• Route 14: Service now ends after 9:00pm Monday through Saturday and after 8:00pm on Sundays. Service previously ended after 8:00pm on weekdays, after 7:00pm on Saturdays, and after 5:00pm on Sundays. Sunday frequency has also increased from every two hours to hourly service.
  • Routes 18 & 19: Sunday service now runs through 8:00pm (Route 18) & 9:00pm (Route 19) respectively. Both routes used to end after 5:00pm on Sundays.
  • Route 23: Sunday service now ends after 7:00pm, instead of ending after 5:00pm. Sunday frequency has also increased from every two hours to hourly service.
  • Route 52: Saturday frequency was increased from hourly service to every 30 minutes.
  • Route 59: Saturday frequency was increased from hourly service to every 30 minutes; and weekday service now runs through 11:00pm, instead of ending after 8:00pm.
  • Route 61: Minor scheduling changes were enacted to improve efficiency.
  • Route 66L: A northbound trip from the Park St Terminal in Clearwater was added, with the bus departing at 6:05am.
  • Route 73: Saturday frequency is now hourly throughout the day. Previously, buses ran roughly every two hours throughout the day.
  • Route 76: Minor scheduling changes were enacted to improve efficiency.
  • Route 78: The last three weekday round trips now depart the Park St Terminal in Clearwater at 6:10pm, 7:25pm, & 8:35pm. These trips previously departed at 5:40pm, 6:55pm, & 8:05pm respectively. Saturday frequency was increased from hourly service to every 30 minutes. Sunday frequency was increased from every hour & 10 minutes to every 35 minutes.
  • Route 79: Minor scheduling changes were enacted to improve efficiency.
  • Route 98: Whitney Rd deviation was discontinued. Buses now stay on East Bay Dr/Roosevelt Blvd at the US 19 interchange. Those wishing to make transfers to & from the 98 can do so at the stop along Roosevelt Blvd & Dodge St.
  • Route 813 – North County Connector – Dunedin/Palm Harbor: Route has been split into two separate routes to allow for better flex service in the Safety Harbor area. The 813 will continue to serve Westfield Countryside, the Dunedin & Palm Harbor areas, & the Palm Harbor WalMart, and departure times have changed to reflect the split.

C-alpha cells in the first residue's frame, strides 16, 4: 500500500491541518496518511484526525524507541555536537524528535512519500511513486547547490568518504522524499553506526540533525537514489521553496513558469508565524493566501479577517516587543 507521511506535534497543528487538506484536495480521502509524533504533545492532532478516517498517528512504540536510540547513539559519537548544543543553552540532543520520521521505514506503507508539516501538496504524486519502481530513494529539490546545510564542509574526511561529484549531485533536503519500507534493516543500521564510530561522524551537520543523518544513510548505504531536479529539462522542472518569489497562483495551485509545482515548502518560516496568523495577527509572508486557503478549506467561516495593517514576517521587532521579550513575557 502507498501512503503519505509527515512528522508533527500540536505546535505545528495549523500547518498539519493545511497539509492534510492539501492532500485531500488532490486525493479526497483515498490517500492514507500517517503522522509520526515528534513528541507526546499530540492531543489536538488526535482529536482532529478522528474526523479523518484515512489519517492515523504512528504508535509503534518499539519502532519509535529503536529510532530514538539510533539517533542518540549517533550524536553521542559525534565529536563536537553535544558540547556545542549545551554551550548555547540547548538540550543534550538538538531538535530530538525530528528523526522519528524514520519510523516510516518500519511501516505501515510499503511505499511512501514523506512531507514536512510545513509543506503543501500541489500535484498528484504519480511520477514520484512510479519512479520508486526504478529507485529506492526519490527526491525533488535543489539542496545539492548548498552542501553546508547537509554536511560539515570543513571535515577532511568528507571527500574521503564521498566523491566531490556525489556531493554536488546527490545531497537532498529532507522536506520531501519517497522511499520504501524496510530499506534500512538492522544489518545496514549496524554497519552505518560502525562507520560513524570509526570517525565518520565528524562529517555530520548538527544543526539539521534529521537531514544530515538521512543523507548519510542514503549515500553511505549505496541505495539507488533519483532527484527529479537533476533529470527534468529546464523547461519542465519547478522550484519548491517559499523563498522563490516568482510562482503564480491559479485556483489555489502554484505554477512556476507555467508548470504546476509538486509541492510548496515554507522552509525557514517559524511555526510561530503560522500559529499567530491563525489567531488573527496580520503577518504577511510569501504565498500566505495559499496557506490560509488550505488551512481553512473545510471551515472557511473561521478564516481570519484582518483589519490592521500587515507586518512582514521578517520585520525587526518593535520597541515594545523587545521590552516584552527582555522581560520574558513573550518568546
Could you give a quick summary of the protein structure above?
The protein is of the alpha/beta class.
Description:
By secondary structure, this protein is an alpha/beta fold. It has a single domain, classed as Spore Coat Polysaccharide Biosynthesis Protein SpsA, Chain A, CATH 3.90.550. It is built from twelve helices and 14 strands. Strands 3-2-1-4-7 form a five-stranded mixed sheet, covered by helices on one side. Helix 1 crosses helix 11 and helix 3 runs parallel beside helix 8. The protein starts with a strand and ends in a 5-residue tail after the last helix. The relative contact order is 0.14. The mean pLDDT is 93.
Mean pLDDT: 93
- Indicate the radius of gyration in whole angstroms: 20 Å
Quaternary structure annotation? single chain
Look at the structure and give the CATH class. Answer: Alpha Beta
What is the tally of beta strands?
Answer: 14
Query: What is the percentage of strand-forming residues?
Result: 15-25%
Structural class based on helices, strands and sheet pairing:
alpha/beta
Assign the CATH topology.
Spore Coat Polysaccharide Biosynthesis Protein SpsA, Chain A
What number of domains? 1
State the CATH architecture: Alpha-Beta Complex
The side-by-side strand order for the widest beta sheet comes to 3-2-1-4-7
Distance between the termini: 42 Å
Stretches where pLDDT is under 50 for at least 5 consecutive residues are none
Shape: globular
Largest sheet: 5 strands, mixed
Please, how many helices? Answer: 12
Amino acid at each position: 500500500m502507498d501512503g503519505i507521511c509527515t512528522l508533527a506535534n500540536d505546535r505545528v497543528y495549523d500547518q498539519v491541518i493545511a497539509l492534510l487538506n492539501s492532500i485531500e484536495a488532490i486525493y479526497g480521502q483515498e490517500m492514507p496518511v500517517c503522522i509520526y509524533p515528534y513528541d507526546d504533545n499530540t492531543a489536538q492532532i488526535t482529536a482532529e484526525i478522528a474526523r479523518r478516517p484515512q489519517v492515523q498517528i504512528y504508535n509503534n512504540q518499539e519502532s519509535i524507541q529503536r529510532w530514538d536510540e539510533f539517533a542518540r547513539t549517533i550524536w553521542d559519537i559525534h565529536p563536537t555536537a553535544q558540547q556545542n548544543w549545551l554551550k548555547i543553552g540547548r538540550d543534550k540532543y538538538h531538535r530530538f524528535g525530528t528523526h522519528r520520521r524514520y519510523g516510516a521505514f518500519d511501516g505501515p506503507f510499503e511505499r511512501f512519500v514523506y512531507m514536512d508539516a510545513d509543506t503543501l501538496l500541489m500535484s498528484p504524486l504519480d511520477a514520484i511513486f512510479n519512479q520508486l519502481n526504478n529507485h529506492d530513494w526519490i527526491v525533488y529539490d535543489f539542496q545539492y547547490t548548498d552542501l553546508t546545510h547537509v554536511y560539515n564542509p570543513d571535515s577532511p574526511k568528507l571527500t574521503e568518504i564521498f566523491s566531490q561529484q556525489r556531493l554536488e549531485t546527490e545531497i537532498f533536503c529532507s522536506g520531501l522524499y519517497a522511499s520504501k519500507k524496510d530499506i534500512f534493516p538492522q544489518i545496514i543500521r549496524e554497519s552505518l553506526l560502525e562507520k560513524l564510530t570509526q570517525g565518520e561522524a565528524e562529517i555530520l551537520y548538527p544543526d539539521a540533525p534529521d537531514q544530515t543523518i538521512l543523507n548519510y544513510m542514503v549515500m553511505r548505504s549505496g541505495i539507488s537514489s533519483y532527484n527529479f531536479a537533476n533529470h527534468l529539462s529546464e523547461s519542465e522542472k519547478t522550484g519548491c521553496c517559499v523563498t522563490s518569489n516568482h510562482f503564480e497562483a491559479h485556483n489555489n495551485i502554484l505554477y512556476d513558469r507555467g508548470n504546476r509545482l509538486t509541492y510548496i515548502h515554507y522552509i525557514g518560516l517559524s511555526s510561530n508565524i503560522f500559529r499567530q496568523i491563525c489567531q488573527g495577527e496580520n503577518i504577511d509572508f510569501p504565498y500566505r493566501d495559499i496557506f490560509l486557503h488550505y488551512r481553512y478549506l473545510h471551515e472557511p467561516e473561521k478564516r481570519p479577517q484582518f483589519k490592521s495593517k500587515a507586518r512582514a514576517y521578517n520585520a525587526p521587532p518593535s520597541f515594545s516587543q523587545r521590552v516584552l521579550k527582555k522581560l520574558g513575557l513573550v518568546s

• Route 814 – North County Connector – Safety Harbor (New Route): The Safety Harbor portion of the 813 is now the 814, serving Westfield Countryside, the Safety Harbor area, & Philippe Park every hour Monday through Saturday. The new route replaces the Safety Harbor Jolley Trolley.
  • Jolley Trolley – Safety Harbor Branch (Route Elimination): After a three-year run, the Safety Harbor branch of the Jolley Trolley was eliminated due to funding changes (the city of Safety Habor elected not to continue funding for the trolley beyond 2016).
  • New Hours for TD Late Shift: 10:00 p.m. – 6:00 a.m.

View updated schedules at www.psta.net


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PSTA OCTOBER 2, 2016 SERVICE CHANGES – PARTS 2 AND 3

On Sunday, October 2, 2016; the Pinellas Suncoast Transit Authority (PSTA) enacted a major revamp of key bus routes with the goal of streamlining service and improving efficiency and reliability throughout the system. These changes include the introduction of four new bus routes and substantial changes to 12 others – including the Jolley Trolley. I was originally going to make three posts in the series, with this post discussing changes made to key central Pinellas routes. However, due to Hurricane Matthew, I’ve decided to combine the two into one post.


Improving Clearwater and Northern Pinellas Service

Various routes in Central and Northern Pinellas were revised to improve system efficiency and eliminate notoriously long runs that caused entire routes to be inefficient. The most radical change was in North Pinellas, where routes in Dunedin, Tarpon Springs, Countryside, and Clearwater were changed.